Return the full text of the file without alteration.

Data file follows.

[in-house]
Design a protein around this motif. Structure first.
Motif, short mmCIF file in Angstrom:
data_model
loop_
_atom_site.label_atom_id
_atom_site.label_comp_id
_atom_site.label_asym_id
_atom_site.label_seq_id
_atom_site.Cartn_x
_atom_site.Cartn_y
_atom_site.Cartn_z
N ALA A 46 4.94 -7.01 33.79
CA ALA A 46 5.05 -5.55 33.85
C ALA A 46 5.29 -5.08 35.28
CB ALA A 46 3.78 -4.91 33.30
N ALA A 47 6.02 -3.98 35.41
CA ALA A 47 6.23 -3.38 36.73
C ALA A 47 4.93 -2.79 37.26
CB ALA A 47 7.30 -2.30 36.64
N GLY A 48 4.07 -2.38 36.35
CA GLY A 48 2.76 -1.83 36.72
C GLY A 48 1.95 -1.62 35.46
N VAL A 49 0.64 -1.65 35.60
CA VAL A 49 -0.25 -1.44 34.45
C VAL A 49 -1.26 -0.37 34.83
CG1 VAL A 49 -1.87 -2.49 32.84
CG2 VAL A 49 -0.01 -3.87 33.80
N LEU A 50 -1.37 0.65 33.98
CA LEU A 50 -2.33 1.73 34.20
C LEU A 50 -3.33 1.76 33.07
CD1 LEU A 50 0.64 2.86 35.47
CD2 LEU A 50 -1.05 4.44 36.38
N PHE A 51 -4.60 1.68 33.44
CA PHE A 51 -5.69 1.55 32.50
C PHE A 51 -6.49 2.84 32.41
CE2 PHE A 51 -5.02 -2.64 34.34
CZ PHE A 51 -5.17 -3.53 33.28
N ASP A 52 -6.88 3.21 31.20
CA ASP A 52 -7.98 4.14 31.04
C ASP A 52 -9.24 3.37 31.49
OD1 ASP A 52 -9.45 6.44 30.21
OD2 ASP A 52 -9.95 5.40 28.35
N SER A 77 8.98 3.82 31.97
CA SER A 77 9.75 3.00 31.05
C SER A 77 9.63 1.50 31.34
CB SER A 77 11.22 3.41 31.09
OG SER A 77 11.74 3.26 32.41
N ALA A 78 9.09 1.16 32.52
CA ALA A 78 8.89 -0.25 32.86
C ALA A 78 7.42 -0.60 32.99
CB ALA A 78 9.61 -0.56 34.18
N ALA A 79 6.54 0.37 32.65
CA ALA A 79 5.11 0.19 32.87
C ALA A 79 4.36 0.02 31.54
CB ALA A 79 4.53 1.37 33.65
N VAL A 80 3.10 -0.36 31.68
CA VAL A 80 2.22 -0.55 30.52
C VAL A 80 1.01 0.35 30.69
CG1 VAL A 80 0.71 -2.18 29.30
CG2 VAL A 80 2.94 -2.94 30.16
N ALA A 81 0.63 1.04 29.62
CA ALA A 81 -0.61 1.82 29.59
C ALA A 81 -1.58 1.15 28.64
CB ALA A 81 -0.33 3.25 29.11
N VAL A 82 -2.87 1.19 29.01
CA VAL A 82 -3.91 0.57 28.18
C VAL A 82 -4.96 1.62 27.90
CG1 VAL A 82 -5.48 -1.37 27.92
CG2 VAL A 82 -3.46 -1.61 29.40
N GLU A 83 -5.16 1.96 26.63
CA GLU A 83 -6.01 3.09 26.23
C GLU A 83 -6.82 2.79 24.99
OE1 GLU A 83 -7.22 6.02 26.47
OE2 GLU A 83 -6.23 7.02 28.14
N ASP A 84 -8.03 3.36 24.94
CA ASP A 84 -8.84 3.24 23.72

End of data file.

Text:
[in-house]
Design a protein around this motif. Structure first.
Motif, short mmCIF file in Angstrom:
data_model
loop_
_atom_site.label_atom_id
_atom_site.label_comp_id
_atom_site.label_asym_id
_atom_site.label_seq_id
_atom_site.Cartn_x
_atom_site.Cartn_y
_atom_site.Cartn_z
N ALA A 46 4.94 -7.01 33.79
CA ALA A 46 5.05 -5.55 33.85
C ALA A 46 5.29 -5.08 35.28
CB ALA A 46 3.78 -4.91 33.30
N ALA A 47 6.02 -3.98 35.41
CA ALA A 47 6.23 -3.38 36.73
C ALA A 47 4.93 -2.79 37.26
CB ALA A 47 7.30 -2.30 36.64
N GLY A 48 4.07 -2.38 36.35
CA GLY A 48 2.76 -1.83 36.72
C GLY A 48 1.95 -1.62 35.46
N VAL A 49 0.64 -1.65 35.60
CA VAL A 49 -0.25 -1.44 34.45
C VAL A 49 -1.26 -0.37 34.83
CG1 VAL A 49 -1.87 -2.49 32.84
CG2 VAL A 49 -0.01 -3.87 33.80
N LEU A 50 -1.37 0.65 33.98
CA LEU A 50 -2.33 1.73 34.20
C LEU A 50 -3.33 1.76 33.07
CD1 LEU A 50 0.64 2.86 35.47
CD2 LEU A 50 -1.05 4.44 36.38
N PHE A 51 -4.60 1.68 33.44
CA PHE A 51 -5.69 1.55 32.50
C PHE A 51 -6.49 2.84 32.41
CE2 PHE A 51 -5.02 -2.64 34.34
CZ PHE A 51 -5.17 -3.53 33.28
N ASP A 52 -6.88 3.21 31.20
CA ASP A 52 -7.98 4.14 31.04
C ASP A 52 -9.24 3.37 31.49
OD1 ASP A 52 -9.45 6.44 30.21
OD2 ASP A 52 -9.95 5.40 28.35
N SER A 77 8.98 3.82 31.97
CA SER A 77 9.75 3.00 31.05
C SER A 77 9.63 1.50 31.34
CB SER A 77 11.22 3.41 31.09
OG SER A 77 11.74 3.26 32.41
N ALA A 78 9.09 1.16 32.52
CA ALA A 78 8.89 -0.25 32.86
C ALA A 78 7.42 -0.60 32.99
CB ALA A 78 9.61 -0.56 34.18
N ALA A 79 6.54 0.37 32.65
CA ALA A 79 5.11 0.19 32.87
C ALA A 79 4.36 0.02 31.54
CB ALA A 79 4.53 1.37 33.65
N VAL A 80 3.10 -0.36 31.68
CA VAL A 80 2.22 -0.55 30.52
C VAL A 80 1.01 0.35 30.69
CG1 VAL A 80 0.71 -2.18 29.30
CG2 VAL A 80 2.94 -2.94 30.16
N ALA A 81 0.63 1.04 29.62
CA ALA A 81 -0.61 1.82 29.59
C ALA A 81 -1.58 1.15 28.64
CB ALA A 81 -0.33 3.25 29.11
N VAL A 82 -2.87 1.19 29.01
CA VAL A 82 -3.91 0.57 28.18
C VAL A 82 -4.96 1.62 27.90
CG1 VAL A 82 -5.48 -1.37 27.92
CG2 VAL A 82 -3.46 -1.61 29.40
N GLU A 83 -5.16 1.96 26.63
CA GLU A 83 -6.01 3.09 26.23
C GLU A 83 -6.82 2.79 24.99
OE1 GLU A 83 -7.22 6.02 26.47
OE2 GLU A 83 -6.23 7.02 28.14
N ASP A 84 -8.03 3.36 24.94
CA ASP A 84 -8.84 3.24 23.72